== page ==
By Hugo Barcia
New Delhi, Dec 14 (EFE).- The scarcity of specific products and skills, the lack of specialized knowledge and a highly protectionist market with severe import restrictions prevent Spanish cuisine from making its mark in India.
Paella, croquettes, Iberian ham or other typical dishes of Spanish cuisine barely find their space in the menus of the thousands of restaurants that claim to serve European food in India, which instead opt for other familiar flavors in the subcontinent, such as Italian or French.
“Spain has traditionally not looked so much toward India and has focused on other markets that are geographically and culturally closer, such as Europe and Latin America,” International Trade and Investment Advisor at the Spanish Embassy in India, Clara Antunez, told EFE.
This has caused “a certain shortage of Spanish products in India,” she underlined.
Although India’s interest in Spain has been increasing, the official said that Spain is quite far behind the rest of the European countries, whose cuisines have made significant inroads into the south Asian country.
Pasta and pizza have an evergreen presence in the menu of any food joint offering European food in India, although always with a spicy touch to suit Indian palates, while French cafes are common in the shopping centers and affluent markets of the country.
Another factor, according to Antunez, is the complexity of some Spanish dishes, which require “some skill in preparation and specific utensils that are not usually available in India,” compared to pizza or other popular options that are easier and faster to prepare.
This absence of one of the most recognized cuisines in the world in a market with 1.4 billion potential customers – and a burgeoning middle class – is often seen as an opportunity by several Spanish companies looking to fill the void.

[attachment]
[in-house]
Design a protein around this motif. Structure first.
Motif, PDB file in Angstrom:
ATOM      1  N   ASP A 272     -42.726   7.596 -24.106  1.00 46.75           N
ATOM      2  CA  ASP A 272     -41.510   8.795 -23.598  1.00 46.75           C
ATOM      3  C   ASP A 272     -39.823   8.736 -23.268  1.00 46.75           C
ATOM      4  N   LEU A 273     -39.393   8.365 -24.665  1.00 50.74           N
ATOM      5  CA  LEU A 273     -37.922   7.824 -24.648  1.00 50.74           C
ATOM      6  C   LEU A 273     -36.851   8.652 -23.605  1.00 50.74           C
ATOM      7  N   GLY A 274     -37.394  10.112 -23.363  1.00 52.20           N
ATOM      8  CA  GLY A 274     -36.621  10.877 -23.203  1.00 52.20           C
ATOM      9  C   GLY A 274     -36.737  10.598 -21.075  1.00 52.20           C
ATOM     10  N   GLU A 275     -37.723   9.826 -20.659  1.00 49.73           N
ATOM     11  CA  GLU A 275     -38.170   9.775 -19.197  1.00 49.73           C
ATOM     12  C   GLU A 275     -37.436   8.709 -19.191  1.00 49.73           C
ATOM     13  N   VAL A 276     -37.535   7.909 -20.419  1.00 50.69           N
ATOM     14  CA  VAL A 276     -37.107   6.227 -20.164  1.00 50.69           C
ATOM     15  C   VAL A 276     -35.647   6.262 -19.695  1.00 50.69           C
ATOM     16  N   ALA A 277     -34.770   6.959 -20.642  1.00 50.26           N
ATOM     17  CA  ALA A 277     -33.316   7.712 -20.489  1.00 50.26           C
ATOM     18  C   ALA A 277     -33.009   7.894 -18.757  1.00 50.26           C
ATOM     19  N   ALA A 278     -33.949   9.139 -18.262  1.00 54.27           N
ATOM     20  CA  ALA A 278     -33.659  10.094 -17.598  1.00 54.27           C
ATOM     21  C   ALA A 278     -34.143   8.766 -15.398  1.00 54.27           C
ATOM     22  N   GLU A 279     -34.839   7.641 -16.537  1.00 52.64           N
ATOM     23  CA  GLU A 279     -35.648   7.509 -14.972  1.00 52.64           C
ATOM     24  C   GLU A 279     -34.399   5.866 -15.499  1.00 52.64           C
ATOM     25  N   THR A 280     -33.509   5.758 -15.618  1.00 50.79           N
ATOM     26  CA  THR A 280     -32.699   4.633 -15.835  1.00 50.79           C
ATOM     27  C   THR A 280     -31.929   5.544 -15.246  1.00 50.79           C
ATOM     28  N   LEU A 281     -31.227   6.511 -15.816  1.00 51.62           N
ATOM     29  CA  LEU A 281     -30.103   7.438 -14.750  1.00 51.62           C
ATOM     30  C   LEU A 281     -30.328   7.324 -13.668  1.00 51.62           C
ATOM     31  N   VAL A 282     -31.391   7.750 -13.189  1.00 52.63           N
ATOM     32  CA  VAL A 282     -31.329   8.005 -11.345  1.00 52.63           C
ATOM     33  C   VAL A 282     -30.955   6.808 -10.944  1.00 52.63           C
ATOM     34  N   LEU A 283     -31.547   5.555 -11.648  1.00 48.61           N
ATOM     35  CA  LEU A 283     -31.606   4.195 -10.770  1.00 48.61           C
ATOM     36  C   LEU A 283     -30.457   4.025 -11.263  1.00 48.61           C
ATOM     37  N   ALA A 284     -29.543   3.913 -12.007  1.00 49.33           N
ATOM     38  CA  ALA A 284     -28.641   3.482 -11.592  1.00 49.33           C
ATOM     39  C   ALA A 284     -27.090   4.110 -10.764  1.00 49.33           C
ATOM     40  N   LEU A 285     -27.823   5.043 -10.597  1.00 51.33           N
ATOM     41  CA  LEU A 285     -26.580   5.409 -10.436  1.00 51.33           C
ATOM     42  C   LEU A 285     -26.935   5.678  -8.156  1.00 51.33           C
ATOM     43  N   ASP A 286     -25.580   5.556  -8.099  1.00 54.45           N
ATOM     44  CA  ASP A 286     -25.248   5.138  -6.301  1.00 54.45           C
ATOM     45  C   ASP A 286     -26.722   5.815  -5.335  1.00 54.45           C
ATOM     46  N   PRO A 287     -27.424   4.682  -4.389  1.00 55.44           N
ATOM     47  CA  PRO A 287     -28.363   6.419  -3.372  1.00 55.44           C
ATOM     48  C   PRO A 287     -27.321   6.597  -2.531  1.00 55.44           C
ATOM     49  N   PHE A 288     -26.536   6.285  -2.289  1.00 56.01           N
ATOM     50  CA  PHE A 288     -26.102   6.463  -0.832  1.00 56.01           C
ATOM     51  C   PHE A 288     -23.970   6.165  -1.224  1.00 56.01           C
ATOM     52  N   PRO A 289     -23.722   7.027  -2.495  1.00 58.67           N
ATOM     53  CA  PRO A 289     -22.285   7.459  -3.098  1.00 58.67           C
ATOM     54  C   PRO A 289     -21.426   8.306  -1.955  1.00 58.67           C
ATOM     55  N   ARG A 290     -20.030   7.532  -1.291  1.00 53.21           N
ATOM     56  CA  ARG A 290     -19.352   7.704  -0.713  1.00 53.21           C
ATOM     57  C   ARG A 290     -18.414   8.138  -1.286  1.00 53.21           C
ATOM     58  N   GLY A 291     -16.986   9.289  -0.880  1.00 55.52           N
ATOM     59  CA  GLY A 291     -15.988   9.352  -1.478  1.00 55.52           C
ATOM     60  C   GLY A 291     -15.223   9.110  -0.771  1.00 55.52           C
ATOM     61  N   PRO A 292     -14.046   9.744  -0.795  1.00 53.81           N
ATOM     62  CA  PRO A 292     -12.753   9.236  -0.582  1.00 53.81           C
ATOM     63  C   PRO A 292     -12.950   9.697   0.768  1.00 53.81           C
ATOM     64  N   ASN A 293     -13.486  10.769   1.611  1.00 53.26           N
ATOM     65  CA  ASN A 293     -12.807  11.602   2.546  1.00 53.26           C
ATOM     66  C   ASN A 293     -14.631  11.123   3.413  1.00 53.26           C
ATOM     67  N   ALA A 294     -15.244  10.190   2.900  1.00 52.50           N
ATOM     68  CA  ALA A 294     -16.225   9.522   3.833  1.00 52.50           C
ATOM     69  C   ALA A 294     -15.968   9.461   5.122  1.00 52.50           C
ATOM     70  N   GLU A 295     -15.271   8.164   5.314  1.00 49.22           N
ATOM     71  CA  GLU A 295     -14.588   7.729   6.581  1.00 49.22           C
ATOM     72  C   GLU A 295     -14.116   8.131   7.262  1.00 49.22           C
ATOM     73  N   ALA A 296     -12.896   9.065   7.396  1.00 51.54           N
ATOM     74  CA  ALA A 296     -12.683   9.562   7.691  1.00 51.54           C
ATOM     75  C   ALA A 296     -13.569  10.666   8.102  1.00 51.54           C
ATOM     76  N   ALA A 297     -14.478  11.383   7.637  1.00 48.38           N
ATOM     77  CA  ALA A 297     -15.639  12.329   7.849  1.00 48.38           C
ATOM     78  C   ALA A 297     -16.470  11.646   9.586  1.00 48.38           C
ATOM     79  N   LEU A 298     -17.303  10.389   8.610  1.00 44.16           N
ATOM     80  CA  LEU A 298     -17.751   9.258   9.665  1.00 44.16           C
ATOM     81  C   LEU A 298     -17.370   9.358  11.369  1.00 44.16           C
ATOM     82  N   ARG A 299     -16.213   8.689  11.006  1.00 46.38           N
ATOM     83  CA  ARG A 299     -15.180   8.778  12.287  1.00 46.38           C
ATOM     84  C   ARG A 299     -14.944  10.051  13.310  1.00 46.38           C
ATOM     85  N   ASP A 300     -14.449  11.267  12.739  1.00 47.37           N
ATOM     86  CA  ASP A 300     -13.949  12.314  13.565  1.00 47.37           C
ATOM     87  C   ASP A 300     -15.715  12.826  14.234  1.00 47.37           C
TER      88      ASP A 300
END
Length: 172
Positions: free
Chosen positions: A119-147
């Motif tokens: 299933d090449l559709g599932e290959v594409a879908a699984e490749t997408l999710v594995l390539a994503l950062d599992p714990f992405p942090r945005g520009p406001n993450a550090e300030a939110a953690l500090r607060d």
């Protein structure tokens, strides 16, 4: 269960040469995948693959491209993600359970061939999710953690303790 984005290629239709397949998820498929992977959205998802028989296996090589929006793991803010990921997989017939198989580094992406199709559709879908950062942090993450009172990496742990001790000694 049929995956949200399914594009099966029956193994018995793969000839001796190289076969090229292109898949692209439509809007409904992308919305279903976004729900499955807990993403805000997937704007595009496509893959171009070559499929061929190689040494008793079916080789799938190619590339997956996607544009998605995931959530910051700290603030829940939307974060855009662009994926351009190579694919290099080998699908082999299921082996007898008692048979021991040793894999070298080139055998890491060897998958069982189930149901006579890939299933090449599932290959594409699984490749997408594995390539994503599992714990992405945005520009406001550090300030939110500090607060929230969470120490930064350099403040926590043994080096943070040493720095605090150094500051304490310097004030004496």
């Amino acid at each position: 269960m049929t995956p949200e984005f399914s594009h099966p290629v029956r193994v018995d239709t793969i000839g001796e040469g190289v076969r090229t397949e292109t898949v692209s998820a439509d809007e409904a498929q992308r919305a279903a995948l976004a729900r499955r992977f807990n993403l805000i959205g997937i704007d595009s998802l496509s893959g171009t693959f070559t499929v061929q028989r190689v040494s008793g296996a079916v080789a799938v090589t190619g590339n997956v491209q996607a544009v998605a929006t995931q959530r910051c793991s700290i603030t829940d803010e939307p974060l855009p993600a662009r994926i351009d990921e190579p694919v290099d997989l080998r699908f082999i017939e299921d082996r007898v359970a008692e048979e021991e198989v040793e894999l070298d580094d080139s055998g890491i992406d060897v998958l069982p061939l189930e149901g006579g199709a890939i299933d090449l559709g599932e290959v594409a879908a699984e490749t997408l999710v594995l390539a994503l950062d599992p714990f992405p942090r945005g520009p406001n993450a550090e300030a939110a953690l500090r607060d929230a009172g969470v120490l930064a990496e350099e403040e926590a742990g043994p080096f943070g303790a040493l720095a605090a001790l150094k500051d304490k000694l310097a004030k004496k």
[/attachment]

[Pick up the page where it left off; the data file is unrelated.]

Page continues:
However, they all point to a strong barrier that prevents them from doing so – a protectionist market with very high import tariffs.
Edible oil firm Acesur is one of the most recent companies to have explored this gateway during a business mission of the European Union (EU) to India, in which more than 50 European companies were present to look for partners in the country and to understand the complex process of entering the Indian market.
“From the exporter’s point of view, the problem is mainly the tariff issue. The product has a tariff of between 30 and 40 percent depending on the oil category and that weighs on us a lot when it comes to competing,” the firm’s commercial head for South Asia, Juan Gonzalez, told EFE.
Import rates are also high on other products typically used in Spanish cuisine, such as meat and fish (30 percent), rice (80 percent) and alcohol (150 percent).
Spain was the main exporter of olive oil to India in 2022, invoicing almost $55 million last year, according to data from the commercial office of the Embassy of Spain.
Other products exported from Spain to India in significant amounts last year were “preparations of vegetables, fruits and other plant products,” worth $10 million, and “beverages, alcoholic drinks and vinegar” which billed $7.6 million.
This restrictive policy is in sync with the country’s “Make in India” policy aimed at reversing its negative balance of payments by boosting local manufacturing and consumption.
To ease this tariff hurdle, the EU last year resumed negotiations for a Free Trade Agreement with India, after talks were halted in 2013 after six unsuccessful years of negotiations.
“It’s a complex market. We have many trade, tariff and non-tariff barriers and that is why we are negotiating a free trade agreement,” EU Ambassador to India, Herve Delphin, told EFE.
“There are different levels of taxation between regions. Their goods cannot move freely from one region to another, from one state to another, because there are different forms of taxation. It is a level of complexity. I would say that regardless of what the free trade agreement we reach, it will need to address this variety of regulatory environments,” he added.
The success of these negotiations will depend on the arrival of more Spanish companies in India, with new products that hope to make inroads and coexist with the unique Indian gastronomical palate. EFE